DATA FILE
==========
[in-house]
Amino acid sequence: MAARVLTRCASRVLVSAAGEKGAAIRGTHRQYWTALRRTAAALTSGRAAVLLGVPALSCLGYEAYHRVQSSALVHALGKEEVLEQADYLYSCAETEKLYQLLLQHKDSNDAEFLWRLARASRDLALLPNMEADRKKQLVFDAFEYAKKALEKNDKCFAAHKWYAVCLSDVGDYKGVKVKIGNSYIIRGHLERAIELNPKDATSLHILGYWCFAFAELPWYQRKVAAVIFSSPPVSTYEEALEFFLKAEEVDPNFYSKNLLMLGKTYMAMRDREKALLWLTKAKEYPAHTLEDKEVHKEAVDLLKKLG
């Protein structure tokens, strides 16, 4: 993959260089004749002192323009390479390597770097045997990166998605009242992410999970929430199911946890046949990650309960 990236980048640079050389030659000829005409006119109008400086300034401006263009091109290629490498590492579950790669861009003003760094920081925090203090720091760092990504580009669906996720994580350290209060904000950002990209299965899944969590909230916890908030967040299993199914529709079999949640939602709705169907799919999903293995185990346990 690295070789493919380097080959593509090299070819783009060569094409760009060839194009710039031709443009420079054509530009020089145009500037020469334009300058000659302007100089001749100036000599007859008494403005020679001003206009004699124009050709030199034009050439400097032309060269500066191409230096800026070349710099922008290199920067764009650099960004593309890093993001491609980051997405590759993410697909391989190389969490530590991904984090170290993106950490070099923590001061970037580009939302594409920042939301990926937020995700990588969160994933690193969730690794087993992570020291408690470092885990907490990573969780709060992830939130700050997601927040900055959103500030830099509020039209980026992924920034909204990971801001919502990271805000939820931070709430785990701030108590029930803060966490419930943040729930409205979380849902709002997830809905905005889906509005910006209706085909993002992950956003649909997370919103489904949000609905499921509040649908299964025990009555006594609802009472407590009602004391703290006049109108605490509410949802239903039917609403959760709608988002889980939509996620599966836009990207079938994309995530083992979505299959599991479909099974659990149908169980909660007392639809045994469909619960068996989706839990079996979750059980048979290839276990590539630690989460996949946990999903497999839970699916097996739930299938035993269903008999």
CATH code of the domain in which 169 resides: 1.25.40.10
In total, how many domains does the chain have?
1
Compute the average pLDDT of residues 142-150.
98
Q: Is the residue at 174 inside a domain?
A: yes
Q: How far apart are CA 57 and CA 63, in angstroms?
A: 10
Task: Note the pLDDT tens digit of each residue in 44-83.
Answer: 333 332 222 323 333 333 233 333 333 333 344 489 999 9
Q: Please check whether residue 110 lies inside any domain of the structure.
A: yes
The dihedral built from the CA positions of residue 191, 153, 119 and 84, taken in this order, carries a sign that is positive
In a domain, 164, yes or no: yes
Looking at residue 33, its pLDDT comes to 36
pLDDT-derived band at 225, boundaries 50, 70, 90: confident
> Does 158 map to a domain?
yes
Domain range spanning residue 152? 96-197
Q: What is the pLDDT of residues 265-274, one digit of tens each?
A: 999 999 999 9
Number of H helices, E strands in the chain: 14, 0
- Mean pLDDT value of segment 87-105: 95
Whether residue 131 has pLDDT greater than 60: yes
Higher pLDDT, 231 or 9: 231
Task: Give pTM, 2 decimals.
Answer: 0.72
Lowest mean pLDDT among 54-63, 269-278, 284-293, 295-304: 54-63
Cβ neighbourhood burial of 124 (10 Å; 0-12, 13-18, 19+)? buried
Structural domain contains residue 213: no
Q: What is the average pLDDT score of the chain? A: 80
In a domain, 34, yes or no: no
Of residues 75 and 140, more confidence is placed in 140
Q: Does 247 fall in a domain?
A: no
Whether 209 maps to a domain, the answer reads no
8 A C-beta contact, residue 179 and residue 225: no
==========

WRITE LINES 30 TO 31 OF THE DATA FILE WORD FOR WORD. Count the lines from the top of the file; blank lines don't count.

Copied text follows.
Task: Give pTM, 2 decimals.
Answer: 0.72